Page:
Police chiefs have issued secret orders telling officers to tell bosses if they know any journalists – as they would have dealings with convicted felons or extremists.
The measure is already in place in some forces and follows guidelines from the College of Policing, which sets the standards for law enforcement. This is part of anti-corruption efforts and was only discovered by accident.
The Police Inspectorate is pressuring the Metropolitan Police, the country’s largest force, to introduce the measure. The Society of Editors, representing newspapers, and crime reporters from the Crime Reporters’ Association oppose the crackdown.
A leading free speech group said it was more typical of ‘authoritarian regimes around the world than advanced democracies’.
There are fears the order could deter officers who wish to report or who do not trust their bosses to act on complaints of wrongdoing.
Ruth Smeeth, chief executive of Index on Censorship, said: “Index is increasingly concerned about the apparently growing perception within the UK police that journalists are viewed as disreputable or potentially disreputable individuals with whom agents can associate.
“Media freedom is a foundation of our democracy and the tendency to see journalists as a threat rather than an asset is something we are more used to seeing with our work in authoritarian regimes around the world rather than in advanced democracies.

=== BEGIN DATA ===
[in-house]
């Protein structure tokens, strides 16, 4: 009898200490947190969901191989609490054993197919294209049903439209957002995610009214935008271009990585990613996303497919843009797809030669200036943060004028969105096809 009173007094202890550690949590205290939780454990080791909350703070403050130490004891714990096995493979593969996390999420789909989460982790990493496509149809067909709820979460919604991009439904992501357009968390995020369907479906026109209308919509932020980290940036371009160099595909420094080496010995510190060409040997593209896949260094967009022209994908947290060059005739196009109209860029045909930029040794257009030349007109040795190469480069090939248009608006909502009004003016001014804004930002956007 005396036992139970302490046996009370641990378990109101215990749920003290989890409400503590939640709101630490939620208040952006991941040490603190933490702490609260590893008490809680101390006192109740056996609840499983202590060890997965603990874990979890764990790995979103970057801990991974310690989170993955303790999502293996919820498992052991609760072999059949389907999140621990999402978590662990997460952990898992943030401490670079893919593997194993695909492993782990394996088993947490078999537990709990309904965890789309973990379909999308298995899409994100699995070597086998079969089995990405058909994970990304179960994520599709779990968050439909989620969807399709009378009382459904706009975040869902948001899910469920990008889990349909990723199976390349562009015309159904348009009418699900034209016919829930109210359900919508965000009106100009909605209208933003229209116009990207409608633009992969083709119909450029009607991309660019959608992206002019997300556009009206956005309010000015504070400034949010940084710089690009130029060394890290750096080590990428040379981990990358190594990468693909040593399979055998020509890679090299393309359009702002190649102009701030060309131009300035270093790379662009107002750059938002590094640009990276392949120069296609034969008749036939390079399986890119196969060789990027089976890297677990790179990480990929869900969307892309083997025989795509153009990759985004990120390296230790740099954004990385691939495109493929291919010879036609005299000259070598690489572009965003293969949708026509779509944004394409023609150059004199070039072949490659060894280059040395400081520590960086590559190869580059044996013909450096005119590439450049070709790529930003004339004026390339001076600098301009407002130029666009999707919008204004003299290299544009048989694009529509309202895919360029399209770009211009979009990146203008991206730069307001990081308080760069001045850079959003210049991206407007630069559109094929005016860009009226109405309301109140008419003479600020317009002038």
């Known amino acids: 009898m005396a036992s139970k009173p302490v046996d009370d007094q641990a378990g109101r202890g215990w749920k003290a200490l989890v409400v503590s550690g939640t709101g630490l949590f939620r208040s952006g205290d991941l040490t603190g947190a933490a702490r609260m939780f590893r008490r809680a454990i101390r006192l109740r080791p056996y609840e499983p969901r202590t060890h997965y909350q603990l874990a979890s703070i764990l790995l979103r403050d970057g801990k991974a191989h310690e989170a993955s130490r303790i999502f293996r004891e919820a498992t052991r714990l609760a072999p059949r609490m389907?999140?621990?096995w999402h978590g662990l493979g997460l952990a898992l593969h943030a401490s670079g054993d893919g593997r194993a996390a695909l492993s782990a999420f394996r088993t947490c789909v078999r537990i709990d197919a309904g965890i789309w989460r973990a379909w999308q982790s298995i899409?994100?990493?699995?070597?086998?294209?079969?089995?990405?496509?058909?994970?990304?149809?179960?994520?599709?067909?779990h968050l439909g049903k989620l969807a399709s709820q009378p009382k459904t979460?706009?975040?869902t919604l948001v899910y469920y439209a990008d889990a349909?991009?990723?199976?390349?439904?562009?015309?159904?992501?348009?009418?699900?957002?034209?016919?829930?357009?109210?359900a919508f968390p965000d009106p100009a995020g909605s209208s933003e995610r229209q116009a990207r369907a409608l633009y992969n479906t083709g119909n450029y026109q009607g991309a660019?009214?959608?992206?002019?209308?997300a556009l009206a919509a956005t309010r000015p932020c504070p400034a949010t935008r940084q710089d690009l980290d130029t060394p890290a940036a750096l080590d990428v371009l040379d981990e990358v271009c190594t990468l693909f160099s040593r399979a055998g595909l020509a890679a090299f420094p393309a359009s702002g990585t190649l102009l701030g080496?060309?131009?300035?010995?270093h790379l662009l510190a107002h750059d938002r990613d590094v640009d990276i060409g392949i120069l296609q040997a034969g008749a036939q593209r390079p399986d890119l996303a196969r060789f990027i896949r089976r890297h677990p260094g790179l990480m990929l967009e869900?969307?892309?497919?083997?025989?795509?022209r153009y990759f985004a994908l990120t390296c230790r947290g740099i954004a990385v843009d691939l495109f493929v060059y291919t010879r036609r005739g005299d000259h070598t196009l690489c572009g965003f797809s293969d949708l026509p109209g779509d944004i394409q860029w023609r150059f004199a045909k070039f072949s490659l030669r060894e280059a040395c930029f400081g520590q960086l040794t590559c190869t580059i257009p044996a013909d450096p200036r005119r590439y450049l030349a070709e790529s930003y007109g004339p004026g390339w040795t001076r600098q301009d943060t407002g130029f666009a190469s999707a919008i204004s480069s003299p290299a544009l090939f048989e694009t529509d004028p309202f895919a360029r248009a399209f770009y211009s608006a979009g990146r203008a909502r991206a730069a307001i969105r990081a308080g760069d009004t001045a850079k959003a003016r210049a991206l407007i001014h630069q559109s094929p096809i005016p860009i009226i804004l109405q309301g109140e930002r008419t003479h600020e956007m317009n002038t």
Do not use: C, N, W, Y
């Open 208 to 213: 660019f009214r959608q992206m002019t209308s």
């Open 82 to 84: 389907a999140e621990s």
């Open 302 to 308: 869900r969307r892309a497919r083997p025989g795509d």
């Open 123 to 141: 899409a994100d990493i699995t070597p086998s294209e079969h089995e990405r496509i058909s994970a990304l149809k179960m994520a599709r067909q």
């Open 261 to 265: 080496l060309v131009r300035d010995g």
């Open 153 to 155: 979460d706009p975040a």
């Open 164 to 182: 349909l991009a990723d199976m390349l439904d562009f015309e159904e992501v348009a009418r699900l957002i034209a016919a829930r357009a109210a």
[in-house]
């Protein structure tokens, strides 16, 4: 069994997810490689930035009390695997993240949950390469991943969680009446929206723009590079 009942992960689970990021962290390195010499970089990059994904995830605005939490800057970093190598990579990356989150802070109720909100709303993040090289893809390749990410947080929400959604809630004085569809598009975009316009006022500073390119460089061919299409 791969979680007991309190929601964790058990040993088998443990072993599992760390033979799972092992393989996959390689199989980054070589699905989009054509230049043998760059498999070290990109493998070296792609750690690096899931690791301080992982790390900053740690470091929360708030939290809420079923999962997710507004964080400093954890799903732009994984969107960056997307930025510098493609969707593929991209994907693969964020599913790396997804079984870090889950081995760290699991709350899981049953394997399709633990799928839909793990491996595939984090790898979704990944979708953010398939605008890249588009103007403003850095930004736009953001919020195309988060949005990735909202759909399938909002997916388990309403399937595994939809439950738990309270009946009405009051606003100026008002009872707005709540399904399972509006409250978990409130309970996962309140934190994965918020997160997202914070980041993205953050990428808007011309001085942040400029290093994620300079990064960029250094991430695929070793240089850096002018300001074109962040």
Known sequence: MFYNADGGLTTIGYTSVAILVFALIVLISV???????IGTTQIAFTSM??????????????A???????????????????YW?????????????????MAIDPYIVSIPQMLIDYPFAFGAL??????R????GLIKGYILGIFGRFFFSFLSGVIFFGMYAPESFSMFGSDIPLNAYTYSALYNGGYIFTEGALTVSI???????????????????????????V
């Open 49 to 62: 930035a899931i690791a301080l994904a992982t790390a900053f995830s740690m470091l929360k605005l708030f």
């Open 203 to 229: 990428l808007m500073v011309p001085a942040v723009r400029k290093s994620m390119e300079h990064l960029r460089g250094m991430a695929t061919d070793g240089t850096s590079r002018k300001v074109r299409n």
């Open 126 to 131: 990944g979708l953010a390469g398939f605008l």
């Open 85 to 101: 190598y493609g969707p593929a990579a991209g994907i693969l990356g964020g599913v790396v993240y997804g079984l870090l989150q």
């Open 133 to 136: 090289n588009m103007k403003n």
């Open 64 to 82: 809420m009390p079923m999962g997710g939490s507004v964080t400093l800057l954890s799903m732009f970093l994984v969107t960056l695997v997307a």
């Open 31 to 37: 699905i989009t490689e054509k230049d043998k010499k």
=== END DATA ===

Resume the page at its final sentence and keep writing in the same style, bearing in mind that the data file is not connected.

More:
Within the police, some senior officials were surprised by the measure and privately oppose it. The measure is believed to be under review and police have already put in place rules for those who hand over information in exchange for bribes.
A College of Policing spokesperson said: “Journalists have an important role to play in holding police to account and supporting the service with reporting, including calls for information.
“The public expects police to have policies in place to protect sensitive information held by police, which may include details about members of the public and police operations. This includes the obligation to declare any potential conflict of interest in order to be open and transparent, as well as to mitigate any risks that may arise.
“Advice given to police forces should not interfere with healthy police-media relations. We are working with the National Council of Chiefs of Police and others to review the guidelines and will listen very carefully to any issues raised by the media.
A spokesman for Her Majesty’s Inspectorate of Constabulary and Fire and Rescue Services said: ‘We recognize the essential role journalists play in our democracy, including holding police forces to account. We make recommendations to police forces taking into account, where appropriate, relevant authorized professional practices.
The Society of Editors said: “The inclusion of journalists in a list of ‘notifiable associations’ in anti-corruption guidelines gives the mistaken impression that journalists seek to bribe or deceive and equates the profession with wrongdoing and dishonesty that journalists seek to uncover A successful working relationship between the police service and journalists is essential to the legitimacy of policing in the UK.